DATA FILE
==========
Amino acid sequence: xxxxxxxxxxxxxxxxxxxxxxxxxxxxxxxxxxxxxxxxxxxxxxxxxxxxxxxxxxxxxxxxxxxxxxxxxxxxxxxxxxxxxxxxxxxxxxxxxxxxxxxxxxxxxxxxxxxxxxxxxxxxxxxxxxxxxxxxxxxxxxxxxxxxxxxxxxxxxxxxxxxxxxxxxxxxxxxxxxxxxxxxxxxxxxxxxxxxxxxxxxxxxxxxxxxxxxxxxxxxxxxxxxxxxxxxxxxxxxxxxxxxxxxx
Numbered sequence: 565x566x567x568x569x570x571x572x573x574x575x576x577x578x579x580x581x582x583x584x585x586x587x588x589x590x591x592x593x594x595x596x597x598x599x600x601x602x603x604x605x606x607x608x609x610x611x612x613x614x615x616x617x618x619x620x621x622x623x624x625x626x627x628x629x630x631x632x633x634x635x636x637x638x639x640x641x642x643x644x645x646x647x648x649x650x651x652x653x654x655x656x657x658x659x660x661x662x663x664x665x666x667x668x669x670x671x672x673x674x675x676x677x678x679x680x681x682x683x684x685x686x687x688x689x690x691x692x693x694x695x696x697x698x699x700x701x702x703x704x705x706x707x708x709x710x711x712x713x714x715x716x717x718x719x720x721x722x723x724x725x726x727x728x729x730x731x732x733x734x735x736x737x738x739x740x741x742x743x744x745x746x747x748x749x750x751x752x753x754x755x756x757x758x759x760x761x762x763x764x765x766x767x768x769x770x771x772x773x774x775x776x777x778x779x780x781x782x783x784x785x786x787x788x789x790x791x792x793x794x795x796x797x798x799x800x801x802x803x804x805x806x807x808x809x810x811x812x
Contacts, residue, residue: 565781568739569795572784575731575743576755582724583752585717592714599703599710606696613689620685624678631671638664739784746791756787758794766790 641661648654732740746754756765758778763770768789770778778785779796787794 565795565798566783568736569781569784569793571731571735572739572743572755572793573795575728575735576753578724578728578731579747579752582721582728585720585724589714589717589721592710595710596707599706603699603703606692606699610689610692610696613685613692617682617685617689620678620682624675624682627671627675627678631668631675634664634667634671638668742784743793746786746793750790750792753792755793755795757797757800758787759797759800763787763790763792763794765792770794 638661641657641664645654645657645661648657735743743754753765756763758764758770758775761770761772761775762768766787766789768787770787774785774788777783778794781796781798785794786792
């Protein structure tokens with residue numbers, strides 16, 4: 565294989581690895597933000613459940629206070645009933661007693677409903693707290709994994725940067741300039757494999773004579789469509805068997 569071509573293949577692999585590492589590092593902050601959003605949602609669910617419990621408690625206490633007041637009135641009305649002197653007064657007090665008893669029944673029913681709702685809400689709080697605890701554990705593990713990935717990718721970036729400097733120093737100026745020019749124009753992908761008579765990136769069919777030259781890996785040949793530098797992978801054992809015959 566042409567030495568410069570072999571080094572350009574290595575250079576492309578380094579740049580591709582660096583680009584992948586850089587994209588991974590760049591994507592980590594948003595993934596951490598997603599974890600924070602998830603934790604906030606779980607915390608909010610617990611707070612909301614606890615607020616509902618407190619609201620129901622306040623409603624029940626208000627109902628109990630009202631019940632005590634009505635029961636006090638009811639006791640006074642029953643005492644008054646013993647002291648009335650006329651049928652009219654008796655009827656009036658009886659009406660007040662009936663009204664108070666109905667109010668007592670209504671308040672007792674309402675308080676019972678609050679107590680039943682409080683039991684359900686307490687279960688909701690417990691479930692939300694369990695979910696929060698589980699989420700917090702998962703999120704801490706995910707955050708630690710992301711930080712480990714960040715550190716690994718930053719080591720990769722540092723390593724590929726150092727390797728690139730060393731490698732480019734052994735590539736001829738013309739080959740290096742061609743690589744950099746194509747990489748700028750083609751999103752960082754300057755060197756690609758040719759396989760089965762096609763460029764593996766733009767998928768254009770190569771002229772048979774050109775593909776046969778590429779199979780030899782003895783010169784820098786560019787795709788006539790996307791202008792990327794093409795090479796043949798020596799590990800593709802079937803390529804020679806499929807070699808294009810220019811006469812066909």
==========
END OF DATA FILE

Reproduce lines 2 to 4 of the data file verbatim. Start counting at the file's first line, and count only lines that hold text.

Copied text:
Numbered sequence: 565x566x567x568x569x570x571x572x573x574x575x576x577x578x579x580x581x582x583x584x585x586x587x588x589x590x591x592x593x594x595x596x597x598x599x600x601x602x603x604x605x606x607x608x609x610x611x612x613x614x615x616x617x618x619x620x621x622x623x624x625x626x627x628x629x630x631x632x633x634x635x636x637x638x639x640x641x642x643x644x645x646x647x648x649x650x651x652x653x654x655x656x657x658x659x660x661x662x663x664x665x666x667x668x669x670x671x672x673x674x675x676x677x678x679x680x681x682x683x684x685x686x687x688x689x690x691x692x693x694x695x696x697x698x699x700x701x702x703x704x705x706x707x708x709x710x711x712x713x714x715x716x717x718x719x720x721x722x723x724x725x726x727x728x729x730x731x732x733x734x735x736x737x738x739x740x741x742x743x744x745x746x747x748x749x750x751x752x753x754x755x756x757x758x759x760x761x762x763x764x765x766x767x768x769x770x771x772x773x774x775x776x777x778x779x780x781x782x783x784x785x786x787x788x789x790x791x792x793x794x795x796x797x798x799x800x801x802x803x804x805x806x807x808x809x810x811x812x
Contacts, residue, residue: 565781568739569795572784575731575743576755582724583752585717592714599703599710606696613689620685624678631671638664739784746791756787758794766790 641661648654732740746754756765758778763770768789770778778785779796787794 565795565798566783568736569781569784569793571731571735572739572743572755572793573795575728575735576753578724578728578731579747579752582721582728585720585724589714589717589721592710595710596707599706603699603703606692606699610689610692610696613685613692617682617685617689620678620682624675624682627671627675627678631668631675634664634667634671638668742784743793746786746793750790750792753792755793755795757797757800758787759797759800763787763790763792763794765792770794 638661641657641664645654645657645661648657735743743754753765756763758764758770758775761770761772761775762768766787766789768787770787774785774788777783778794781796781798785794786792
């Protein structure tokens with residue numbers, strides 16, 4: 565294989581690895597933000613459940629206070645009933661007693677409903693707290709994994725940067741300039757494999773004579789469509805068997 569071509573293949577692999585590492589590092593902050601959003605949602609669910617419990621408690625206490633007041637009135641009305649002197653007064657007090665008893669029944673029913681709702685809400689709080697605890701554990705593990713990935717990718721970036729400097733120093737100026745020019749124009753992908761008579765990136769069919777030259781890996785040949793530098797992978801054992809015959 566042409567030495568410069570072999571080094572350009574290595575250079576492309578380094579740049580591709582660096583680009584992948586850089587994209588991974590760049591994507592980590594948003595993934596951490598997603599974890600924070602998830603934790604906030606779980607915390608909010610617990611707070612909301614606890615607020616509902618407190619609201620129901622306040623409603624029940626208000627109902628109990630009202631019940632005590634009505635029961636006090638009811639006791640006074642029953643005492644008054646013993647002291648009335650006329651049928652009219654008796655009827656009036658009886659009406660007040662009936663009204664108070666109905667109010668007592670209504671308040672007792674309402675308080676019972678609050679107590680039943682409080683039991684359900686307490687279960688909701690417990691479930692939300694369990695979910696929060698589980699989420700917090702998962703999120704801490706995910707955050708630690710992301711930080712480990714960040715550190716690994718930053719080591720990769722540092723390593724590929726150092727390797728690139730060393731490698732480019734052994735590539736001829738013309739080959740290096742061609743690589744950099746194509747990489748700028750083609751999103752960082754300057755060197756690609758040719759396989760089965762096609763460029764593996766733009767998928768254009770190569771002229772048979774050109775593909776046969778590429779199979780030899782003895783010169784820098786560019787795709788006539790996307791202008792990327794093409795090479796043949798020596799590990800593709802079937803390529804020679806499929807070699808294009810220019811006469812066909």